Why is MANNA’s Shut Up and Dance ending after a 30-year engagement at the Forrest Theater?
It seems weird to speak the words out loud, but, after 30 years of moving and grooving for the sake of MANNA – the Metropolitan Area Nutrition Alliance which has serviced Philadelphia and beyond in the wake of the AIDS pandemic – the Philadelphia Ballet-based Shut Up and Dance event will cease to operate after this weekend’s last ever charitable event, April 30 at the Forrest Theater.
“The legacy of the generosity and commitment of the Dancers of Philadelphia Ballet and the love they have shown to MANNA for the last 30 years means so much to us,” reads its statement. “We look forward to working together to figure out what comes next in this important partnership. We hope you will join us for our 30th Anniversary and final performance. It is one to not be missed. Let us celebrate this incredible journey together.”
Famously fire-started and first put together by the Fringe Festival’s Nick Stuccio, the 30th-anniversary finale sees Shut Up and Dance going out in a big way.
With John Jarboe of the Bearded Ladies Cabaret as its host, this presentation from the Dancers of Philadelphia Ballet will also welcome performances from the Almanac Dance Circus Theater, BalletX, Brian Sanders’ JUNK, Gunnar Montana, Jacob Taylor and UArts. Shut Up & Dance is led by Producing Director and Philadelphia Ballet Demi Soloist Jackie Callahan, Assistant Director and Philadelphia Ballet Soloist Peter Weil, and Assistant Director and Philadelphia Ballet Demi Soloist Jack Sprance. Before the dance commences, there is a Pre-Party for Shut Up at Jefferson Alumni Hall across the street from the Forrest.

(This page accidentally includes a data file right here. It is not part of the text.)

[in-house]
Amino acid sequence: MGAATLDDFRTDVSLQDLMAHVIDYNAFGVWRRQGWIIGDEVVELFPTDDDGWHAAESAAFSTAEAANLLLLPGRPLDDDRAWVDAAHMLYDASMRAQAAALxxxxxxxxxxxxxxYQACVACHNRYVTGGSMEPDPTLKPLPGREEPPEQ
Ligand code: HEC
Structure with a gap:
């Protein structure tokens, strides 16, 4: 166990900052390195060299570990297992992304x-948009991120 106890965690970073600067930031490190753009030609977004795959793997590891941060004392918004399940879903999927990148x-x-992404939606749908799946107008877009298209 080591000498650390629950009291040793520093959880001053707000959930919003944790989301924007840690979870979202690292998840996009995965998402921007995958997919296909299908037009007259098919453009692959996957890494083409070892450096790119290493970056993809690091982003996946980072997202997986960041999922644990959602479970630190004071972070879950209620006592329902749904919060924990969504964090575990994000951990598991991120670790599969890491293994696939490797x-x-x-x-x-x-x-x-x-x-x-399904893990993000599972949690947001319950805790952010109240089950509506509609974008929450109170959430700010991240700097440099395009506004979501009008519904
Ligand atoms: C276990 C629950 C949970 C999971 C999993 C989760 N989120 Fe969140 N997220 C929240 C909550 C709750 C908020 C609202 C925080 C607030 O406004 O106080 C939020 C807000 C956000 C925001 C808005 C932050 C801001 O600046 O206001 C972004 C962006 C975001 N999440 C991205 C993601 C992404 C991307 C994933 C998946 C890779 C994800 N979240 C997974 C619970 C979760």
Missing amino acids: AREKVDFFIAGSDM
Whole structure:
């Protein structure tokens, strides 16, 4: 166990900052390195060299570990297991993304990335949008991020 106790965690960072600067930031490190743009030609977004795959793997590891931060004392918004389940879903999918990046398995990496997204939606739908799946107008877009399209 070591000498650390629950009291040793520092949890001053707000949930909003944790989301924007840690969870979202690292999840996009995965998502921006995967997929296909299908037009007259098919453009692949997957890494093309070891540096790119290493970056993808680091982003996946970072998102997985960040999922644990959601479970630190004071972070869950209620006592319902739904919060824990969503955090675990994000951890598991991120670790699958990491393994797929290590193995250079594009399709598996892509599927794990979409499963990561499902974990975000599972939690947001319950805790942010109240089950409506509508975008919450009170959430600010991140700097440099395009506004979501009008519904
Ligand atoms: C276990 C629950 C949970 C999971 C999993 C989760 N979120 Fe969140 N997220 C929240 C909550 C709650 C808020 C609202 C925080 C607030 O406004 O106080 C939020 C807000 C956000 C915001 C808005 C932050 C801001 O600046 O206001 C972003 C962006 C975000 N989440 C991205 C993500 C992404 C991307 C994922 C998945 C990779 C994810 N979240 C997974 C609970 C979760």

Most would ask why is Shut Up and Dance closing out its tab. Its initial HIV/AIDS-based mission, to deliver nutritious meals to those who can’t tend to themselves – 19,787,315 hot meals to over 39,964 clients with over 85 different chronic illnesses – is still crucial and money is still needed. Shut Up & Dance has provided MANNA with $2 million over the years while offering Philly’s dancers options in which to create, different from their norm.
So why stop Shutting Up? Casual conversations around the topic are that the Forrest Theatre, like every other theater in town, is pricey to rent for rehearsals and showtime, despite the event making money and drawing audiences.
Two things, then, come to mind, beyond shame on the venues for charging so much or charging at all beyond immediate expenses. Anyone in this city who truly wishes to be a benefactor and throw that money they supposedly have, will either buy out the space next year, or move it somewhere equally sizeable and affordable. Neither the Philadelphia Ballet, its friends and hosts, MANNA or those who need its services wish Shut Up and Dance to stop. Let’s do better, Philly.